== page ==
Nationalist ‘barriers’ delaying referendum

By Alex Stevenson

London is triggering another outbreak of hostilities with Holyrood over the terms of the Scottish independence election today.

Scottish secretary Michael Moore will use a speech at the Scotsman conference in Edinburgh to criticise the "complication, hesitation and qualification" on offer from the SNP.

The two parties have been engaged in talks over the details of the referendum vote since clashing over the coalition's proposals for a referendum held under the authority of the UK parliament this January.

The SNP wants the referendum to be held in autumn 2014 and is prepared to consider a third 'devo-max' option.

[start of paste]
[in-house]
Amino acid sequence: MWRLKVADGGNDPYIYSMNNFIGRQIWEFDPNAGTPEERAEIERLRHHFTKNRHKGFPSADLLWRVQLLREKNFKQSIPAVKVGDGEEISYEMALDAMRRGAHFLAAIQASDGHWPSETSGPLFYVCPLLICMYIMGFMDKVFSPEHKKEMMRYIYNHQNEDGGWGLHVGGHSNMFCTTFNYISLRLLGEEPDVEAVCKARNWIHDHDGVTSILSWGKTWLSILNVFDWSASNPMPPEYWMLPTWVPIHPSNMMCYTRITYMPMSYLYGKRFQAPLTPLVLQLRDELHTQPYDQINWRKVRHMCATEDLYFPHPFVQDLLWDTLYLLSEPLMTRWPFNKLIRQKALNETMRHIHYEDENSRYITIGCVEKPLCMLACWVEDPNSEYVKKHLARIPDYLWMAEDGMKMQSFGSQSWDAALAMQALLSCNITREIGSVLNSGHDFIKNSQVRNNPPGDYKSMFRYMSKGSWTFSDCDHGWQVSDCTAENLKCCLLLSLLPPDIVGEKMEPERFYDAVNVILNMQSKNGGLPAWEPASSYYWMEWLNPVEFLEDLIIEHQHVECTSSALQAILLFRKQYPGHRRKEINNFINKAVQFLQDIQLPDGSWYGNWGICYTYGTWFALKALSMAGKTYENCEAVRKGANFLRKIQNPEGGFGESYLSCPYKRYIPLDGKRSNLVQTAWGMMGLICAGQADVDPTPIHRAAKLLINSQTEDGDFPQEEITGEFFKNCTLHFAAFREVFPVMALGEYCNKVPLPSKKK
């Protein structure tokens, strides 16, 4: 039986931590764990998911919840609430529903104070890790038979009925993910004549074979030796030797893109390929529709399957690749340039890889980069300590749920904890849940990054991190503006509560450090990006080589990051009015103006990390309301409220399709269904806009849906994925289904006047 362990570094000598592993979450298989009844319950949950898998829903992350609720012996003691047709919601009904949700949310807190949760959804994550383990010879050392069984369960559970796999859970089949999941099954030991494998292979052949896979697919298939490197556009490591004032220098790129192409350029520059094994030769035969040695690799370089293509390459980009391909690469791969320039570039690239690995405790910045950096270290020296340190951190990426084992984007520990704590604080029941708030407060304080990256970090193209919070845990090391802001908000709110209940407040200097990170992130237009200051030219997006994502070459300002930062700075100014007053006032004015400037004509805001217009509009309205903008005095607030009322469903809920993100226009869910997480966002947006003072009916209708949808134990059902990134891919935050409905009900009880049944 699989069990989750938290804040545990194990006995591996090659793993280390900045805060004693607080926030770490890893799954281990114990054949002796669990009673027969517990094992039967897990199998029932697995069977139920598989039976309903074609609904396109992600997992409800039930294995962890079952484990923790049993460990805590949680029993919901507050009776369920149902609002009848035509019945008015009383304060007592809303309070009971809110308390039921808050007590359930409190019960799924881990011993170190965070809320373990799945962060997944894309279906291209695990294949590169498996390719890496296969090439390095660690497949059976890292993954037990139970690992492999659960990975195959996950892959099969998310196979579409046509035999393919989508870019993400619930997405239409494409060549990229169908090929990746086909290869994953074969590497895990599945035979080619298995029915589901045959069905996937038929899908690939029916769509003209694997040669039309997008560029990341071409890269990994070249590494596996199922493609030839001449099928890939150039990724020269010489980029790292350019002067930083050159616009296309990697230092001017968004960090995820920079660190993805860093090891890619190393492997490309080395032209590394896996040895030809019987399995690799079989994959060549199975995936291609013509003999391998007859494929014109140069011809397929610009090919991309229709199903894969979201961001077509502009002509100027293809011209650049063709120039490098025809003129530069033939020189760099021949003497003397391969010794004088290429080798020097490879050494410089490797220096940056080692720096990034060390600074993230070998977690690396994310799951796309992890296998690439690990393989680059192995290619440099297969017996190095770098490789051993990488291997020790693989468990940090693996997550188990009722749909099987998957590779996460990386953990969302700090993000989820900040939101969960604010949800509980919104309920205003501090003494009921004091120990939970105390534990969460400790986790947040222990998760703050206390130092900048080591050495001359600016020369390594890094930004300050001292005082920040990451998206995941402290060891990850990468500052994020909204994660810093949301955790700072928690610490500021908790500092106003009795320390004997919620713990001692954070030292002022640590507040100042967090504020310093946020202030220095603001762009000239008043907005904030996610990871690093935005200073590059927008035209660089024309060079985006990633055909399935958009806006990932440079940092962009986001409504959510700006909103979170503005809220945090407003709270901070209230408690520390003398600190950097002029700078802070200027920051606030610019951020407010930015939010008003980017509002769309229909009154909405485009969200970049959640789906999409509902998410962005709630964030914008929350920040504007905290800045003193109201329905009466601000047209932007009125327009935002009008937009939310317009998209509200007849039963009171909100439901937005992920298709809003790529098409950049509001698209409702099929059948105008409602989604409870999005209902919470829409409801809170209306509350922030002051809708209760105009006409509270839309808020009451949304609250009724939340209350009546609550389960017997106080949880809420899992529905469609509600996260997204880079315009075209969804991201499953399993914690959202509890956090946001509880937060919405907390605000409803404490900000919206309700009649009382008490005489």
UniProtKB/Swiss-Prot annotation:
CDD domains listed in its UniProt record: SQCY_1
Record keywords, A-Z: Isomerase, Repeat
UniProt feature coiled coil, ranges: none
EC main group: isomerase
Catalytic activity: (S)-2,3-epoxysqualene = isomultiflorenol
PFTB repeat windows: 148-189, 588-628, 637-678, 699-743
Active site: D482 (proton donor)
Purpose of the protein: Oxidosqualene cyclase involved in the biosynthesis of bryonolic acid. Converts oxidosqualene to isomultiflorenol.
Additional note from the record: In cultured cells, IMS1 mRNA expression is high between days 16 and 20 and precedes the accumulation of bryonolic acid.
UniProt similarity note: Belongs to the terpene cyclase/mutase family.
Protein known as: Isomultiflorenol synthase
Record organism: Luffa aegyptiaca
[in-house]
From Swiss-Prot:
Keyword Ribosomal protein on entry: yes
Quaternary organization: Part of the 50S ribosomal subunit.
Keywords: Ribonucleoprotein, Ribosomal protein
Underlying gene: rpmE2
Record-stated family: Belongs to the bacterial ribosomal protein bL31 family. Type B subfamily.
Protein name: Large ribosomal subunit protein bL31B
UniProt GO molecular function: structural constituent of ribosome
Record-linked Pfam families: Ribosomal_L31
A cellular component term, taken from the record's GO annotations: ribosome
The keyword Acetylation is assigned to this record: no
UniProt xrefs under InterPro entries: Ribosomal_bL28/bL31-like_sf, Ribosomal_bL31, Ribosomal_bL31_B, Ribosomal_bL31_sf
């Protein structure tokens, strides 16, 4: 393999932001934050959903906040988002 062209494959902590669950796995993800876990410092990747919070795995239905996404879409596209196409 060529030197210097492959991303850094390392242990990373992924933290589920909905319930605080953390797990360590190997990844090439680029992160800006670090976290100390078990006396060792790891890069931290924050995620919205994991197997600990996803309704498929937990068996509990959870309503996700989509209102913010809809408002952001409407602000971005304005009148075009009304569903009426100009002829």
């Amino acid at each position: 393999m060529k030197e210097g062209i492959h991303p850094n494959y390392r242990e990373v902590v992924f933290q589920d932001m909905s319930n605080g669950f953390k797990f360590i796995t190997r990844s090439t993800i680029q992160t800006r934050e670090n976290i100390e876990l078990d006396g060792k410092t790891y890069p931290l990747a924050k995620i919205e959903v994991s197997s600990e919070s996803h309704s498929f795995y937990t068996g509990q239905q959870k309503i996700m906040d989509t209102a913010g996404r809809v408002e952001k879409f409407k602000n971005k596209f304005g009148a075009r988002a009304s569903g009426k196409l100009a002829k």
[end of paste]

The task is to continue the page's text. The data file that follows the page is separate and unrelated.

"For whatever reason the Scottish government is placing barriers on what should be a clear and straight road," Mr Moore is expected to say.

He will accuse the nationalists of trying to "confuse the issue" with a second question on devolution and ask why they want to put the vote off – when in 2009 they were calling for it to be held the following year.

"The Scottish government said in January they want to ask a straightforward question that they cannot ask under existing powers," Mr Moore is expected to add.

"So why do they insist on maintaining the threat of a referendum that could be determined in court instead of the ballot box?"

London has claimed the referendum could be held by mid-2013, using the example of the defeated 2011 electoral reform referendum to show that votes could be organised relatively quickly.

The Electoral Commission's submission to the two governments' consultation, however, disagrees with that view. It wants at least a 28-week notice period before the referendum takes place.

Its submission also warns that expected electoral register turmoil due to the switch to individual voter registration and shorter daylight hours could limit turnout if the referendum takes place in 2014.